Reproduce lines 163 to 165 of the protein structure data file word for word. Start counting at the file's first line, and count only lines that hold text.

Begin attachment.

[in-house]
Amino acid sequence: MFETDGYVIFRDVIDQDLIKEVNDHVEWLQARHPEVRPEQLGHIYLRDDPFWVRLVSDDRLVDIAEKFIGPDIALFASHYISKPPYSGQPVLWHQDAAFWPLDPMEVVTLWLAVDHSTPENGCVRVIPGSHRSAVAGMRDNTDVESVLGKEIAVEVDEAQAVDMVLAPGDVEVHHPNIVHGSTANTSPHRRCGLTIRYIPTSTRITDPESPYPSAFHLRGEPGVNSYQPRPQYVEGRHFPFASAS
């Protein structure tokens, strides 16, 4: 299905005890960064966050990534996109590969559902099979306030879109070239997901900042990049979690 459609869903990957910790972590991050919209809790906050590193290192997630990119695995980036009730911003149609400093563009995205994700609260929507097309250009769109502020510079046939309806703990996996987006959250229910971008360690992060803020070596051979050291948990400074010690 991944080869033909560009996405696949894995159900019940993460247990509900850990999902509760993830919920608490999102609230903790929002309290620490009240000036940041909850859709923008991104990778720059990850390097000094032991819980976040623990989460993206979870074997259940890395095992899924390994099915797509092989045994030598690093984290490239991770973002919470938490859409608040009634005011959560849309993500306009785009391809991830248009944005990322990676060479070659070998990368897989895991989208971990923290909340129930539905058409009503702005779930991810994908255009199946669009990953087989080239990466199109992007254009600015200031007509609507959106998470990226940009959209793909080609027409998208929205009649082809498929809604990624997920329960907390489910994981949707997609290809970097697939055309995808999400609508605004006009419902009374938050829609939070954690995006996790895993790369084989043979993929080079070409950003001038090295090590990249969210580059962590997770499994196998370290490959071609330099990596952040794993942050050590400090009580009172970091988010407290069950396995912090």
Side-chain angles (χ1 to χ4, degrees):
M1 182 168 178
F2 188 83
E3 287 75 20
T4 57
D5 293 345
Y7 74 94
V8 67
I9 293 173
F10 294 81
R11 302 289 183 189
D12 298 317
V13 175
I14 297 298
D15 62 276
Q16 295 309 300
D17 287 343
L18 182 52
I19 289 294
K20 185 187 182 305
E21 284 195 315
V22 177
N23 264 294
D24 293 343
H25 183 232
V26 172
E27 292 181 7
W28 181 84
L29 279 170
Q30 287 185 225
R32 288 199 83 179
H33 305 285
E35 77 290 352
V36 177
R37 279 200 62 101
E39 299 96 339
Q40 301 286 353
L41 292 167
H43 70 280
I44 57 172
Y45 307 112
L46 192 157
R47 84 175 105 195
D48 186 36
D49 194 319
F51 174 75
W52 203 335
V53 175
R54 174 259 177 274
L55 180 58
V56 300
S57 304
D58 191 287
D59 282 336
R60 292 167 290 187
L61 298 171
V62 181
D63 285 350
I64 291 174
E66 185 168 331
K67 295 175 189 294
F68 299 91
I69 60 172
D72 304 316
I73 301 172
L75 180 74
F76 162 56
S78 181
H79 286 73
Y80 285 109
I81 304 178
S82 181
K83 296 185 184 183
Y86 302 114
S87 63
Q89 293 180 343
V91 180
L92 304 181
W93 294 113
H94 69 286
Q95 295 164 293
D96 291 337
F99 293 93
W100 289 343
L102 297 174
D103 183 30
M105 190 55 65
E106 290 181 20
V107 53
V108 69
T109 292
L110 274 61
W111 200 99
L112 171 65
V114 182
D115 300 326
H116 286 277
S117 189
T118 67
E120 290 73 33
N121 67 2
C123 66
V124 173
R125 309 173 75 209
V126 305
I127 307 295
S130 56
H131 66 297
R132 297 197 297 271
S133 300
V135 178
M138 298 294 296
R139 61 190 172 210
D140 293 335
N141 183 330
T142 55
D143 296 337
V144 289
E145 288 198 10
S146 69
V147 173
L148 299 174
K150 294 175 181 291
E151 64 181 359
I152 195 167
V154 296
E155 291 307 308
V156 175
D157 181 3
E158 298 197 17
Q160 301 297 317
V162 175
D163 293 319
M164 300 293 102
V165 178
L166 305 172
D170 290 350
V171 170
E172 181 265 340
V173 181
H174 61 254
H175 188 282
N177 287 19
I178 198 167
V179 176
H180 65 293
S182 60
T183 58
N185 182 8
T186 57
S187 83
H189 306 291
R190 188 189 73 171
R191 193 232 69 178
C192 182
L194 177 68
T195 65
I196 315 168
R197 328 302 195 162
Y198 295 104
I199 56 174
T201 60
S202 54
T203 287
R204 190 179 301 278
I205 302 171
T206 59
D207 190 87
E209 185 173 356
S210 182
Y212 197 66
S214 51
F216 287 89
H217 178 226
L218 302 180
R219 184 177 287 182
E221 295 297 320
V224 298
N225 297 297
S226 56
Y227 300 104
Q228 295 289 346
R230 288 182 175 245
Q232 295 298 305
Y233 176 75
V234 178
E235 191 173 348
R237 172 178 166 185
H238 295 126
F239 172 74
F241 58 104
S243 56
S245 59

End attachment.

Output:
Y198 295 104
I199 56 174
T201 60